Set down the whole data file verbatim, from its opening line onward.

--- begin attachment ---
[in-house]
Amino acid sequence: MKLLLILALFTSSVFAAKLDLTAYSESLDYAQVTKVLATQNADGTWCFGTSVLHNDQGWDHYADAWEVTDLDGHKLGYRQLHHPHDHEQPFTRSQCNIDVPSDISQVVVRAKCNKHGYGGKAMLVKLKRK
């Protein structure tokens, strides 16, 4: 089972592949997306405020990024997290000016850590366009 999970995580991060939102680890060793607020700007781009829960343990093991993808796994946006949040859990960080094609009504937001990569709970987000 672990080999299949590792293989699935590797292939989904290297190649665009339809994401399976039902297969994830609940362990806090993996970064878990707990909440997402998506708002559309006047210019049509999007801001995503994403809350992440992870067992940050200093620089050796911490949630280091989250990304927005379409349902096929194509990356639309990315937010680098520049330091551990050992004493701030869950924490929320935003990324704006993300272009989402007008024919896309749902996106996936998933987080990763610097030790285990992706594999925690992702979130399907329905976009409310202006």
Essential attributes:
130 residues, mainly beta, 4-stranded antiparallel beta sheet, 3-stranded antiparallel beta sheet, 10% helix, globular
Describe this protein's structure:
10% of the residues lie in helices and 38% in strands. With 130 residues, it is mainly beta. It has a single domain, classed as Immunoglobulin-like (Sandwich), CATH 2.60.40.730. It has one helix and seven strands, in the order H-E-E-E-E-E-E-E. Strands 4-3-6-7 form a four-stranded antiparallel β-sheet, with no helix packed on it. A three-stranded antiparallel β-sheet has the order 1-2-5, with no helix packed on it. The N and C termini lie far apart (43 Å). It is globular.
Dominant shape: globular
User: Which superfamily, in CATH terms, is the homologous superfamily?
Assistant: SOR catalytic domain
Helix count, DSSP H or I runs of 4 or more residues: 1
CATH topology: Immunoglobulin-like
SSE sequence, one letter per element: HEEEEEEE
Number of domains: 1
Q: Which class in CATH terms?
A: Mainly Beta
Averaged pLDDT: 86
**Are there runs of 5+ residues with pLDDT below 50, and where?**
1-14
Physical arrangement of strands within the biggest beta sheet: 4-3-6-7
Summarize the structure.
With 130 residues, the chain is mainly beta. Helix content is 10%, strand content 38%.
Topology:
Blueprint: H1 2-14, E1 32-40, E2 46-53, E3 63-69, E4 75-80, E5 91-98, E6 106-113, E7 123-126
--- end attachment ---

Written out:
[in-house]
Amino acid sequence: MKLLLILALFTSSVFAAKLDLTAYSESLDYAQVTKVLATQNADGTWCFGTSVLHNDQGWDHYADAWEVTDLDGHKLGYRQLHHPHDHEQPFTRSQCNIDVPSDISQVVVRAKCNKHGYGGKAMLVKLKRK
């Protein structure tokens, strides 16, 4: 089972592949997306405020990024997290000016850590366009 999970995580991060939102680890060793607020700007781009829960343990093991993808796994946006949040859990960080094609009504937001990569709970987000 672990080999299949590792293989699935590797292939989904290297190649665009339809994401399976039902297969994830609940362990806090993996970064878990707990909440997402998506708002559309006047210019049509999007801001995503994403809350992440992870067992940050200093620089050796911490949630280091989250990304927005379409349902096929194509990356639309990315937010680098520049330091551990050992004493701030869950924490929320935003990324704006993300272009989402007008024919896309749902996106996936998933987080990763610097030790285990992706594999925690992702979130399907329905976009409310202006």
Essential attributes:
130 residues, mainly beta, 4-stranded antiparallel beta sheet, 3-stranded antiparallel beta sheet, 10% helix, globular
Describe this protein's structure:
10% of the residues lie in helices and 38% in strands. With 130 residues, it is mainly beta. It has a single domain, classed as Immunoglobulin-like (Sandwich), CATH 2.60.40.730. It has one helix and seven strands, in the order H-E-E-E-E-E-E-E. Strands 4-3-6-7 form a four-stranded antiparallel β-sheet, with no helix packed on it. A three-stranded antiparallel β-sheet has the order 1-2-5, with no helix packed on it. The N and C termini lie far apart (43 Å). It is globular.
Dominant shape: globular
User: Which superfamily, in CATH terms, is the homologous superfamily?
Assistant: SOR catalytic domain
Helix count, DSSP H or I runs of 4 or more residues: 1
CATH topology: Immunoglobulin-like
SSE sequence, one letter per element: HEEEEEEE
Number of domains: 1
Q: Which class in CATH terms?
A: Mainly Beta
Averaged pLDDT: 86
**Are there runs of 5+ residues with pLDDT below 50, and where?**
1-14
Physical arrangement of strands within the biggest beta sheet: 4-3-6-7
Summarize the structure.
With 130 residues, the chain is mainly beta. Helix content is 10%, strand content 38%.
Topology:
Blueprint: H1 2-14, E1 32-40, E2 46-53, E3 63-69, E4 75-80, E5 91-98, E6 106-113, E7 123-126